App Timing vs Chip Timing – Which Should You Choose for Your Race?
This article will give you the pros and cons of chip timing versus app timing for endurance races and outdoor events. See video format below:
When you start off as a race organizer, you are faced with the decision of choosing a timing method for your race. Unless you want to stand glued to the finish line with a stopwatch and notepad all day and get headaches over bad handwriting and herds of racers getting an all-important few seconds off their race time, you probably want an automatic or semi-automatic method for keeping order and sanity to the timekeeping and results.
RFID, or Chip Timing as we conventionally call it, has been the standard solution for race timing for ages, and the most common method organizers opt for. However, race technology is on the rise, and today there are handy alternatives to Chip Timing that can save you thousands and fit in your pocket – I am talking about App Timing with your smartphone or tablet.
At a glance – Chip Timing vs App Timing:
How Does Chip Timing Work?
Chip Timing is a system based on RFID tags (Radio Frequency ID). This is a small item, usually worn by racers on the ankle in a bracelet or integrated in the number bib. This tag exchanges data with a chip radiofrequency reader using radio frequency (RF) signals. These chip readers are set up along the course to detect the chips for split times, and finally the finish line. Since this technology uses radio waves, the chips can pass the reader a few meters away. This is why you usually see mats or portals rolled out at split times, there to catch the radio wave signals from the chip your racers are wearing.
How to Set Up and Purchase Chip Timing Solutions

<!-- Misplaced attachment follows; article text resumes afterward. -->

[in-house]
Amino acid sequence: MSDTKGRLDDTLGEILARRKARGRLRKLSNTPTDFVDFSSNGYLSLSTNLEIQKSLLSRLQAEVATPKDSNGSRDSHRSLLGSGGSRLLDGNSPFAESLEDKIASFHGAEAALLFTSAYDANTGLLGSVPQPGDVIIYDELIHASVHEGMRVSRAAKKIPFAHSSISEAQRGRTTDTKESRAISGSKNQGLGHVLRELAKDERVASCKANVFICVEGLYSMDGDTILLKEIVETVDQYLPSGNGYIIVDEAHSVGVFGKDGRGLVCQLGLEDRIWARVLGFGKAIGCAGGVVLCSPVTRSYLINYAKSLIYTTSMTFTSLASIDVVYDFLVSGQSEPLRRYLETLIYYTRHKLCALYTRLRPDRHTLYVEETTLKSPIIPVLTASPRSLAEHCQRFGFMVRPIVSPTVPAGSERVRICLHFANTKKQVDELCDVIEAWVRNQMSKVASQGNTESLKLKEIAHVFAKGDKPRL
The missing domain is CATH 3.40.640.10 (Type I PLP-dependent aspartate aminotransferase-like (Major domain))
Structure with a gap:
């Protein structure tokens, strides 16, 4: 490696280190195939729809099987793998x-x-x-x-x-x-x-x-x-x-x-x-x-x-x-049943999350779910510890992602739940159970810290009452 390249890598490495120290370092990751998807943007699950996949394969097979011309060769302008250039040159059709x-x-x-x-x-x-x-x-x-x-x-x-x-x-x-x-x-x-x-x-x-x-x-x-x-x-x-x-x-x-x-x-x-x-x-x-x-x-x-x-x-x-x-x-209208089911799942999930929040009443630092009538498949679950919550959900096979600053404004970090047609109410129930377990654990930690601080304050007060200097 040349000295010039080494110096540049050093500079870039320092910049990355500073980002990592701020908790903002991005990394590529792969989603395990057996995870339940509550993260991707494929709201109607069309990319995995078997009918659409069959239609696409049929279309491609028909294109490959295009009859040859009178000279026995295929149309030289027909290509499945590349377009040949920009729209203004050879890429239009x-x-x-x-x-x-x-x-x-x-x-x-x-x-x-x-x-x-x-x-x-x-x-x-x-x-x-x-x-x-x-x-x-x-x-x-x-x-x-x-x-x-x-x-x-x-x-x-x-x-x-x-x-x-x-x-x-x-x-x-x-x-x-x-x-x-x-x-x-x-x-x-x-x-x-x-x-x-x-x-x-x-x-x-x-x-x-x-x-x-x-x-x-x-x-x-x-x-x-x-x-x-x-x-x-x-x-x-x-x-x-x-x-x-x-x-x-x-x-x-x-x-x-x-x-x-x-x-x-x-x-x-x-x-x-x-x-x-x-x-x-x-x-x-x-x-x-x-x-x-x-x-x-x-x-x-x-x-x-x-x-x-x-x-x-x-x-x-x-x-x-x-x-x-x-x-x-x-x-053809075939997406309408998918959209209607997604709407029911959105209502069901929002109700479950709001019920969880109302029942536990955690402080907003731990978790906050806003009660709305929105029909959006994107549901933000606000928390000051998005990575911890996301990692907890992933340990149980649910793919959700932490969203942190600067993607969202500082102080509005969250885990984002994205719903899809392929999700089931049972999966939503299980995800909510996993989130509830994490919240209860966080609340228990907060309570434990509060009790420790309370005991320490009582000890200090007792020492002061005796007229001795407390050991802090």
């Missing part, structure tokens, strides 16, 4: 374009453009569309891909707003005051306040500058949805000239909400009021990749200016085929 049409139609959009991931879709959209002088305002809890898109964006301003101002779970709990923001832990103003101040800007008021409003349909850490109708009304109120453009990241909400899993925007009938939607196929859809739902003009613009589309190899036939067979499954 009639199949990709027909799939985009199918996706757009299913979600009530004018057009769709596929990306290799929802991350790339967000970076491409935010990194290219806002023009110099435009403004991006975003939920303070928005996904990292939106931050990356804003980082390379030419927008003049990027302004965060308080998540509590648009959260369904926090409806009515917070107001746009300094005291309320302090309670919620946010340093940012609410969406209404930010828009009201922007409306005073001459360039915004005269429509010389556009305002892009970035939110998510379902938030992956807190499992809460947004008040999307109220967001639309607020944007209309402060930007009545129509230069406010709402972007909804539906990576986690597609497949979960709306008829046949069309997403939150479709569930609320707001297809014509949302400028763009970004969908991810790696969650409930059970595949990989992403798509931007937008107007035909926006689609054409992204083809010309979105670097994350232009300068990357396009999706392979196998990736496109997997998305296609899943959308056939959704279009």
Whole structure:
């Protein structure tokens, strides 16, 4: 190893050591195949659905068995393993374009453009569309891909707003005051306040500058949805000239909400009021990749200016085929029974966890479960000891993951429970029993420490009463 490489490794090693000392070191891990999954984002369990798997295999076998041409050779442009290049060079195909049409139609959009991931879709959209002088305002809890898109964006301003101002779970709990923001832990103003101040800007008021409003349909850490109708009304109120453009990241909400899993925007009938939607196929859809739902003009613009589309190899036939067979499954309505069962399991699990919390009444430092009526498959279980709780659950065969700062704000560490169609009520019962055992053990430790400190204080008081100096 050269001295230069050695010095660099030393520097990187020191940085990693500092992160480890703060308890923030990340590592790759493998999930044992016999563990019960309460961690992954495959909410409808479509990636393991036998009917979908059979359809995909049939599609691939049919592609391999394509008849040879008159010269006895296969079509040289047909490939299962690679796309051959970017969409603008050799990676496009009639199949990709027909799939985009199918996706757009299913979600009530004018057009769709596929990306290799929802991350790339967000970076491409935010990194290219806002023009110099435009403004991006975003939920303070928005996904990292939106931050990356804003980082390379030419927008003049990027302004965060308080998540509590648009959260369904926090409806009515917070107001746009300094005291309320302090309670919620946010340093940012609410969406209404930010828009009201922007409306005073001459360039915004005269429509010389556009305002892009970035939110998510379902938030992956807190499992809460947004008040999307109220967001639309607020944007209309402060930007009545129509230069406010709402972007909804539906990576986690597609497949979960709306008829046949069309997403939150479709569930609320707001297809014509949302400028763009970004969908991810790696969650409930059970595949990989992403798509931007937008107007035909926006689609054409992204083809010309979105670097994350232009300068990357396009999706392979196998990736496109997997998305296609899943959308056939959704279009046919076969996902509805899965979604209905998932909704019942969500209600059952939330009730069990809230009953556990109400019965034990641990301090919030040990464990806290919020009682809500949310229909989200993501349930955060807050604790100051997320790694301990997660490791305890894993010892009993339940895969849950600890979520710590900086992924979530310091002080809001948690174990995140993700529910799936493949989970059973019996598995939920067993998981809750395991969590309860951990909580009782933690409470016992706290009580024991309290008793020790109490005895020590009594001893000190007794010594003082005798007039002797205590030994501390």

As you can imagine, Chip Timing required a fair deal of hardware and set up. The most common for larger races, is to hire the Chip Timing as a service, where the hardware and service during the race is included in the price.
You can also rent only the equipment yourself, and learn how to set it up. You can also buy a set of Chip Timing equipment that comes ready in a box, and figure out how to do it all yourself.
Although buying or renting equipment can save you a little money, Chip Timing is usually a heavy expense. For most organizers that we work with, Chip Timing equipment is the single largest expense by far in the race.
You usually have to calculate a service cost for personnel to be present at the day of your race, including accommodation and travel costs. You then have to pay for the rental of the equipment. On top of this, you also have to purchase chips for your participants that usually is sold at around 2-3 EUR per participant. So, to break down your costs, it could be something like this:
- Timing personnel: 500-800 EUR
- Rental of Equipment: 500-2000 EUR
- Chips for X amount of participants: X*2.50-3.50 EUR
So, for a race with 1000 participants, you are looking at a total cost around 3 000 to 5 000 EUR, depending on type of equipment, number of split times and how long the race lasts.
Pros and Cons with Chip Timing
As you just have seen, Chip Timing is expensive, so that can be difficult to swallow for newly started races or races that don’t exactly know how many participants they are going to get. And if you want to do it yourself, it is a steep learning curve to learn how to set up the equipment and get it right.